Tuesday, June 27, 2017

The Hunter

Forget the attempts at witty post titles, you might as well get some idea what the movie is.

Willem Dafoe is hired by a 'military biotech' to hunt down, kill, and harvest material from what is suspected to be the last Tasmanian tiger. Why a military biotech would be interested in that was unclear to me until near the end when someone mentions Tasmanian tigers are thought to have a paralytic toxin in their bite.

So Dafoe goes to Tasmania, posing as a university researcher, which makes him unpopular with the loggers, who hate the environmentalists for takin' their jerbs. Said environmentalists are interested in Dafoe, who claims to be doing work involving Tasmanian devils, but failed to do enough research on his field to really be able to pass. He survives by mostly being monosyllabic and vague, which seems to be the character's natural tendency anyway. He's staying at the home of a family previously sent down here on research. The husband and father has been missing since last summer, the wife and mother, Lucy, spends all day in bed doped out on various meds. The two kids, Sass and Bike (the names they gave themselves), are left to irritate the fastidious Dafoe. There's also a guide, played by Sam Neill, who behaves in a proprietary manner towards the family.

You know how it goes. Dafoe tries to focus on his job, but is increasingly drawn into the lives of the family he's staying with. Bike seems to know something about the tiger, but Dafoe's employer is running out of patience, and there's someone, or maybe multiple someones, watching him.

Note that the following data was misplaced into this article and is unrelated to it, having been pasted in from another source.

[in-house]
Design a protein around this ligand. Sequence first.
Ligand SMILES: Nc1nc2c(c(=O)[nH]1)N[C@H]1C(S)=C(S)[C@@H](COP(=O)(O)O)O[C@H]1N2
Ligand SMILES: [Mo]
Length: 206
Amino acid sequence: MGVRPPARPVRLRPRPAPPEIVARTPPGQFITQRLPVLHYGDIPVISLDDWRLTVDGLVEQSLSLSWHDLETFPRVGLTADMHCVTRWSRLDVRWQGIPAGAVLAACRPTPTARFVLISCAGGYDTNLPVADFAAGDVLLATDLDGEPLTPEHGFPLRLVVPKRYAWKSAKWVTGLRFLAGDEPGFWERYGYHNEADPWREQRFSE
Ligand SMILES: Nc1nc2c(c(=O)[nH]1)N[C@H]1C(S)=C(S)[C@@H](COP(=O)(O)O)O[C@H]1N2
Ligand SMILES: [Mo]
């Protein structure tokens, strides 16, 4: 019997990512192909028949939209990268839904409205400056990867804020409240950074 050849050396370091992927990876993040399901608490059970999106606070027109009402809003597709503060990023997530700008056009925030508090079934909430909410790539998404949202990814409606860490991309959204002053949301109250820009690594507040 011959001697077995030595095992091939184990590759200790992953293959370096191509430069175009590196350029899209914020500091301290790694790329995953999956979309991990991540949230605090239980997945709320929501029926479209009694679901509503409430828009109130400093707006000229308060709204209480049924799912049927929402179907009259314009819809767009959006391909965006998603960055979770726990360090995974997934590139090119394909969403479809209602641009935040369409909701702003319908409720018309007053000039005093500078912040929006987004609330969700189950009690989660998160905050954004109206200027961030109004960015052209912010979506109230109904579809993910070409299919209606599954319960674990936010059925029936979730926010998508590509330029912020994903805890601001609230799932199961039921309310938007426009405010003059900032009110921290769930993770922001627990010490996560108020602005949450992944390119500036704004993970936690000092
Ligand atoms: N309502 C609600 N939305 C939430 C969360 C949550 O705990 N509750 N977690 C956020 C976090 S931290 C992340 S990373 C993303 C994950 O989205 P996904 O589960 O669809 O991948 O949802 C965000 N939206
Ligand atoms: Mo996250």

Dafoe can play an oddball without much gift for interacting with people pretty easily, and he does a good job there. The scenery is gorgeous, and now I want to read books about the ecological and geological history of Tasmania. The loggers and environmentalists are vague caricatures, but the things they're fighting over don't interest Dafoe, so there's no reason he'd bother to know them in any greater depth.. The kids seem to take to Dafoe too easily, grow comfortable around him too quickly. The actors themselves aren't doing a bad job, it's what they were given to work with.

The problem is I was entirely uninterested in the stuff going on with the family, because we know it's going to end badly. There are too many people with their eyes on Dafoe, who either don't like him already, or wouldn't like him if they figured out the truth. He's doing such a poor job selling his cover story, it feels inevitable it's going to get blown*. Either way, either the family is going to die so he can feel bad, or he's going to get killed protecting them. He's ventured too far outside his normal procedure for it to end otherwise.

So I was really in to the parts about him in the wilderness. Searching for likely places, killing things to use as bait, mapping everything out, checking the traps, and of course, the fact that part of the time, he's being observed. Waiting for him to find the tiger, or for the someone watching him to confront him. What's he going to do when he finds the tiger? What are other people going to do if they find out he did?

The parts with the family are a way to ease tension, act as a release valve for the audience the way they seem to for Dafoe. I didn't want the release valve, so it felt like padding. It's a gorgeous movie, though, and the parts I liked, I liked a lot.

* Lucy, once she's off the pills, figures him out within a couple of days, and seems ready to confront him, but then opts not to.

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